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The people of that time will hardly have dealt with exactly this question. For one question is posed for the time being and that is: How far was their thinking developed? To what extent did their thinking differ from that of the animals, which also had to survive?
It is possible that the people of the Stone Age who lived in Brittany discovered that life rosed from the water. This clear formulation in this treatise is of course still lacking a firm foundation at the moment.
What was the difference between those people and animals in their thinking?
However, one must bear in mind the stage of development in which the people of that time lived. They knew neither copper nor iron. And it must even be assumed that people probably did not have any trained thinking in the sense of today. What made them different from animals in their thinking?
On the other hand, the science of prehistory has established that all life that comes from water has promoted the development of man. Salt, fish and shells made life on the northwestern tip of the continent much easier for humans. They found it easier to find food at the edge of the sea than the hunters, who hunted the game in the forests with great effort and a great deal of strength and cunning, and in doing so lost extraordinary energy.
Since immemorial time man has had fish traps. The person who did not go hunting saved a lot of time and energy with this tool and the collection of shells. According to scientists of the Mesolithic period, these two elements led to the fact that man of that time was able to express his feelings – or is it already appropriate to speak of thinking? – with large buildings.
A crazy idea, basically, to explain that the fish helped man to raise stones to form menhirs! A summary of these considerations and the research results, from which I have just reproduced set pieces, is provided by Wolfgang Korn in his book „Megalith Cultures in Europe“. The author also contributes valuable links and book references in the appendix, so that the reader can delve even deeper into the subject matter after finishing reading the book and this treatise with other specialist literature.
In those prehistoric times, humans were exposed to severe weather fluctuations and droughts.
One thing is certain, however: The man from the past recognized that what swam in the water and what he gained from it nourished him. It seems that the people on the seashore were less exposed to the rigors of the seasons than those who lived inland. In those primeval times, according to the researchers, people, that dwelled in the interior of the country, was strongly exposed to the weather fluctuations and the associated droughts and inundations.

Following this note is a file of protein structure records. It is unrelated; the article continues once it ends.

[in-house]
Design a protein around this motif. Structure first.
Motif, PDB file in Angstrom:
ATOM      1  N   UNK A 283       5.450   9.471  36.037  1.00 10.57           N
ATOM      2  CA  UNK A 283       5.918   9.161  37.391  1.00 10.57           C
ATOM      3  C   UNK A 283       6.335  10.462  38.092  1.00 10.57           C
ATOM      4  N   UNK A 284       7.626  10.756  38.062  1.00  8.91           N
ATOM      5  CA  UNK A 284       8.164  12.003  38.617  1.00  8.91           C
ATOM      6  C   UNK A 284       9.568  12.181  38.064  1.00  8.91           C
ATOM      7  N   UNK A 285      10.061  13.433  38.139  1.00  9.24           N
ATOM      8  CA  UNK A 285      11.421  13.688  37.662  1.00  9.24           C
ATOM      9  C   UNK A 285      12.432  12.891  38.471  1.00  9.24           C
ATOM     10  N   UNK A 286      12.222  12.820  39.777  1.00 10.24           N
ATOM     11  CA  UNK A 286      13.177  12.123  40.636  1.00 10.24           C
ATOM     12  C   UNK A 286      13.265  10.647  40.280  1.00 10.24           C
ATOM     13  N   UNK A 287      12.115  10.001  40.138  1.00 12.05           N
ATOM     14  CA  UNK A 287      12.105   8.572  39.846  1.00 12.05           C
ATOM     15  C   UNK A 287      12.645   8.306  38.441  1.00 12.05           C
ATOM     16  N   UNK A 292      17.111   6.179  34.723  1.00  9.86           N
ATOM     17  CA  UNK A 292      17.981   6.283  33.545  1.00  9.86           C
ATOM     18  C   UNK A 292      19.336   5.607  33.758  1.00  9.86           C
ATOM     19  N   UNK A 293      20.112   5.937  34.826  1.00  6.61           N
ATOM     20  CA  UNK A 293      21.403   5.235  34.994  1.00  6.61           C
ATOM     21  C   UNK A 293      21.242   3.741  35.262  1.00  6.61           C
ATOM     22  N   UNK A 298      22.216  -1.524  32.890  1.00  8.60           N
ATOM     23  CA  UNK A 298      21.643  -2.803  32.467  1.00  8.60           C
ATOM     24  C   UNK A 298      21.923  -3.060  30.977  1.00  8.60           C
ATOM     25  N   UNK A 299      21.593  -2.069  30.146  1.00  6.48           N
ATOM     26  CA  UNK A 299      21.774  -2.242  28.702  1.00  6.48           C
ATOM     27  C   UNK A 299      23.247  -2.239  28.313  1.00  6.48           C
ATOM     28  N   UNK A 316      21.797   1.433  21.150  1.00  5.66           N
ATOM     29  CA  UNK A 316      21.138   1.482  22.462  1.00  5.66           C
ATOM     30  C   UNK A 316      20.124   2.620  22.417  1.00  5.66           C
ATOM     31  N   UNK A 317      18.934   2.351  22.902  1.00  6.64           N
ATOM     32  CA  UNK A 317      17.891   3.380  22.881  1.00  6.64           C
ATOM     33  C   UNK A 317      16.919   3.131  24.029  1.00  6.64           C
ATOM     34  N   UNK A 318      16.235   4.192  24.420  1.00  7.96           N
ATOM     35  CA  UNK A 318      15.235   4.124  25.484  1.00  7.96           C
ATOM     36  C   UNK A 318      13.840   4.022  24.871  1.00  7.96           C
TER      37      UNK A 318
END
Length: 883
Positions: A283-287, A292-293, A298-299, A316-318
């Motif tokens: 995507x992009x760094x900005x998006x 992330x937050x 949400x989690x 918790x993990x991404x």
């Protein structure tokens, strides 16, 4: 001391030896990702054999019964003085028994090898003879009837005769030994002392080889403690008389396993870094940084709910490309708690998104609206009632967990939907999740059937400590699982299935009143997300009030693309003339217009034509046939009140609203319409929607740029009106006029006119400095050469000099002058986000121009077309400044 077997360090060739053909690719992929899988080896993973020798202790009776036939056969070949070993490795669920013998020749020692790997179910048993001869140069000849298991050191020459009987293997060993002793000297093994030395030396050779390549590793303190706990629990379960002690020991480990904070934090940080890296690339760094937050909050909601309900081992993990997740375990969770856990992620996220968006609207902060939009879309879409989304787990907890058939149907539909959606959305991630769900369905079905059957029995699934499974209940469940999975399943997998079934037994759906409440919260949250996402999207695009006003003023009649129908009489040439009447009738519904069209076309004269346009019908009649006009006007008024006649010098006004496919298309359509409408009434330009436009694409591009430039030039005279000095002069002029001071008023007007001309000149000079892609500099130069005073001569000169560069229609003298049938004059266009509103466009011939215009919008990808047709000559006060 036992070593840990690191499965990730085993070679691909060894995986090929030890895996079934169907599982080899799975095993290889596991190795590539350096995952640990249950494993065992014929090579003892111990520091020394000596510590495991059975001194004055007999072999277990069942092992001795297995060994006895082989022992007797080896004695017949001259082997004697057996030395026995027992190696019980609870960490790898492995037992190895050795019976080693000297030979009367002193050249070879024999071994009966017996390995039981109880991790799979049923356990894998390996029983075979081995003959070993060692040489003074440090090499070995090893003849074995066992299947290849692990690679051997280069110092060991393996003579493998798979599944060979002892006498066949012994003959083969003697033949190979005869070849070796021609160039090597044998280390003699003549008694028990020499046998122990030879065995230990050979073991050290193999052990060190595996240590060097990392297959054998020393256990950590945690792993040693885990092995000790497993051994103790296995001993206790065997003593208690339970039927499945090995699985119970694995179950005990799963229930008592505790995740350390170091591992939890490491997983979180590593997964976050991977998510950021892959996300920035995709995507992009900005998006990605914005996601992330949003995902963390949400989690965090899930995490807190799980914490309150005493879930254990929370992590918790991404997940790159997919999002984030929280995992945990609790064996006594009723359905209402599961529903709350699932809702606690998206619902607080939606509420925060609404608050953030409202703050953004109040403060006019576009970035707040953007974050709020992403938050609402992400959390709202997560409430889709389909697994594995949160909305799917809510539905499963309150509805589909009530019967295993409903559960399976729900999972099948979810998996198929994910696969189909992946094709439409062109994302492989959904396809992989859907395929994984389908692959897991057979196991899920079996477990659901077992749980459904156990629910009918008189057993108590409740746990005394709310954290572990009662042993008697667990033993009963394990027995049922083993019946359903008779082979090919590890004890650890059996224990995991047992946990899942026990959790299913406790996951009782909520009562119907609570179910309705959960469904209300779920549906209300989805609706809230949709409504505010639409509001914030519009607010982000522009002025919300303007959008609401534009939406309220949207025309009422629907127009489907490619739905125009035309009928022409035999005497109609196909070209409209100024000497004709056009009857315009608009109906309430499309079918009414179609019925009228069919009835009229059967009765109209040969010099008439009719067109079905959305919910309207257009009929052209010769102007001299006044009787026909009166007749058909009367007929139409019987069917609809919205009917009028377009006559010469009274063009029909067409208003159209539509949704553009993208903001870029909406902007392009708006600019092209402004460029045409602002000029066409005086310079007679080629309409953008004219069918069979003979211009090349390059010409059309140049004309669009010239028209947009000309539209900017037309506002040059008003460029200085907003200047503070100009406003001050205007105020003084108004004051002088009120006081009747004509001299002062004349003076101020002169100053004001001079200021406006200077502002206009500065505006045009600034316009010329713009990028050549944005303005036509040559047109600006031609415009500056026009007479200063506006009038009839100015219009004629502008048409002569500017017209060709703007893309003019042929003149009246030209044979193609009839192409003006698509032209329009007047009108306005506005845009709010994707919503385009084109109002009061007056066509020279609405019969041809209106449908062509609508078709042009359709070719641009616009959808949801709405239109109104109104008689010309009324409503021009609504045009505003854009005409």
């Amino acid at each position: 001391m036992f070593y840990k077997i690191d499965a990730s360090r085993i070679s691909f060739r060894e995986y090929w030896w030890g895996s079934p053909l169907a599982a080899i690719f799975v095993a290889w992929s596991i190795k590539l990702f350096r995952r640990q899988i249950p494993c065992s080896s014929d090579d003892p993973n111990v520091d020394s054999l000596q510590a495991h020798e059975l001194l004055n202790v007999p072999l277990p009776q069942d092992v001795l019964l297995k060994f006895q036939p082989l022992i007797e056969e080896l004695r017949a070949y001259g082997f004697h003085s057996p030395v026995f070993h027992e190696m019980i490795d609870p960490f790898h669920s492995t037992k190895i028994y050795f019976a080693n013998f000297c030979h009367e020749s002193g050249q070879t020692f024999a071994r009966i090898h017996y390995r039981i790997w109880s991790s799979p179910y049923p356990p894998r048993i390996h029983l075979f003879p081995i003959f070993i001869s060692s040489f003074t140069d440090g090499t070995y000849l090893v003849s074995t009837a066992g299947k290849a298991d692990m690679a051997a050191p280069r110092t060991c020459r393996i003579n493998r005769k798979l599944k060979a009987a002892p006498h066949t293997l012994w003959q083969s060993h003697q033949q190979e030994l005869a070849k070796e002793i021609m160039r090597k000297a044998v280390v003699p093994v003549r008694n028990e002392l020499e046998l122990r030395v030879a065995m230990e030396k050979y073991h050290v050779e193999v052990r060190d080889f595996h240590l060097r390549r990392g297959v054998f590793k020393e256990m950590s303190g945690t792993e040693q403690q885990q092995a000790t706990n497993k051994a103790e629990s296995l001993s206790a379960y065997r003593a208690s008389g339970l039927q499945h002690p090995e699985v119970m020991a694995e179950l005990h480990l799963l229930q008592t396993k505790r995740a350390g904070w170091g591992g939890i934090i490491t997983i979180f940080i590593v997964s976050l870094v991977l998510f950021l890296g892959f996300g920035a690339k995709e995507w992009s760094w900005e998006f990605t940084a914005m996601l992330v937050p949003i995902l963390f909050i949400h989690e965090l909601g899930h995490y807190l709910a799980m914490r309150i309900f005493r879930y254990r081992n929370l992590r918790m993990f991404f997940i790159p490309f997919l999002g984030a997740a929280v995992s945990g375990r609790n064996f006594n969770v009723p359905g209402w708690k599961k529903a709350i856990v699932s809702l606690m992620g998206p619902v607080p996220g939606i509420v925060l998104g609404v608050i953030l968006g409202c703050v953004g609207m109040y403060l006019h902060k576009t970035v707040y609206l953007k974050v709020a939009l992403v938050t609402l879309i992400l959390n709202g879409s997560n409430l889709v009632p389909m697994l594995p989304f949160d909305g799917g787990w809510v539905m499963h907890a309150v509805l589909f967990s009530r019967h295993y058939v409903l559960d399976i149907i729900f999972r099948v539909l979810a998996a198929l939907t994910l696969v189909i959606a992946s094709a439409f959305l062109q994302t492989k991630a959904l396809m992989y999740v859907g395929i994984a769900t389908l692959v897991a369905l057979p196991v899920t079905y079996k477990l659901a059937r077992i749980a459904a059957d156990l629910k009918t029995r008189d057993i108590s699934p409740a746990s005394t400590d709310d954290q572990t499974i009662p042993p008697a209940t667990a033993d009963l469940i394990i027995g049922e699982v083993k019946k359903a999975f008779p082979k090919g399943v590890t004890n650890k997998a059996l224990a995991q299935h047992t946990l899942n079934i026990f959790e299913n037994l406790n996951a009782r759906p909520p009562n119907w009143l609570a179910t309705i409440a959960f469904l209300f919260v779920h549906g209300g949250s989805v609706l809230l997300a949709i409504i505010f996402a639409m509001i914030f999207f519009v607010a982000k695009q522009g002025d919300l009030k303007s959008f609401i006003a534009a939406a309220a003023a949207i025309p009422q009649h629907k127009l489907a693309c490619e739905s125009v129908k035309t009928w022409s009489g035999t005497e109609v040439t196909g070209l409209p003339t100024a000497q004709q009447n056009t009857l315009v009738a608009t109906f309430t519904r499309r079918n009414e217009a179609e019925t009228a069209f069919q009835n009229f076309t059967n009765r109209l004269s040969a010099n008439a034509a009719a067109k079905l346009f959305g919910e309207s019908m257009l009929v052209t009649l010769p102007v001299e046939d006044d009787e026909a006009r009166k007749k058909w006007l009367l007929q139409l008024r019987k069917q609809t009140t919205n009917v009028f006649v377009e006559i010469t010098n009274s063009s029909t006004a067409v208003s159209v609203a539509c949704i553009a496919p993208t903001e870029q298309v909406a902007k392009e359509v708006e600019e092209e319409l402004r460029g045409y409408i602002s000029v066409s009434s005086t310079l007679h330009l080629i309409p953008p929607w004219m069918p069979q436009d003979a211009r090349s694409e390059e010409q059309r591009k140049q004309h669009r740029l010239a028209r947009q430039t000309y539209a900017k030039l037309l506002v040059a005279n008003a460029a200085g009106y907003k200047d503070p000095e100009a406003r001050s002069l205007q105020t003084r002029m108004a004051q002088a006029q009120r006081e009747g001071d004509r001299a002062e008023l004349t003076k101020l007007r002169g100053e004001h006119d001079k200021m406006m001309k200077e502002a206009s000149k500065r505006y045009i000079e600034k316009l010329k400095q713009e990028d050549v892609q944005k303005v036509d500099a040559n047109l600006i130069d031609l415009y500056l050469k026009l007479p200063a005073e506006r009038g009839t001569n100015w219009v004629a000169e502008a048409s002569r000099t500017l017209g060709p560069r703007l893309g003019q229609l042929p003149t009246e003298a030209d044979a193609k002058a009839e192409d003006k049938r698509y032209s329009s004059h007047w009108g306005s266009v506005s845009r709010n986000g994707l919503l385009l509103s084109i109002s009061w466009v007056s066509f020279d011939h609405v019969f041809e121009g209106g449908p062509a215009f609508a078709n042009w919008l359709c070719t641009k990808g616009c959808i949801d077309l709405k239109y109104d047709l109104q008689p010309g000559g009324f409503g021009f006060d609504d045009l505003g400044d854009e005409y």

The winter transformed the regions into areas with extremely harsh living conditions. The sea, however, offered fish and mussels. The latter did not despise the people at the seaside at all, as finds of in the stone age piled up mussel-mountains in coast-proximity prove. The easily graspable shellfish made survival easier, says Korn. For the fishermen the mussels were like grain for the farmer. With the difference that the sea creature was not subject to the laws of the seasons and its population proved to be more stable than what the earth gave.
In the area of today’s Carnac at the bay of Quiberon a significant population must have lived in the middle stone age. This is evidenced by the many buildings from the Mesolithic period: tumuli, dolmens, cairns and erect stones – these very menhirs, with their vertical posture. They form a clear contrast to the fish that swims through the water in a horizontal position.
The swimming position of the fish is the same as that of the dead.
The swimming position of the fishes corresponds with that of the dead. Also these lies in a horizontal position on the ground. The human being, as long as it lives, goes upright, rising to the sky, of its ways. Dead, it leaves its ancestral position. Lying down, he is laid in his grave.
Not far-fetched therefore seems the interpretation that the menhirs, as a rock that rises boldly, are a counterpart to the dead. Upright they stand above what passes away. Is this symbolic content correct for the menhirs? Or does it stand as a reminder of selected members of society in the area, of the heads of the hordes who inhabited the surrounding area. Princes, princesses, spiritual leaders, male healers, female healers? A figure of admiration frozen in stone? Menhir Gesicht
These attempts at interpretation, like those listed at the beginning of the tract concerning the lighthouse of Côtes d’armor, belong to the realm of fantasy, which comes along on wings but has no solid ground under its feet.
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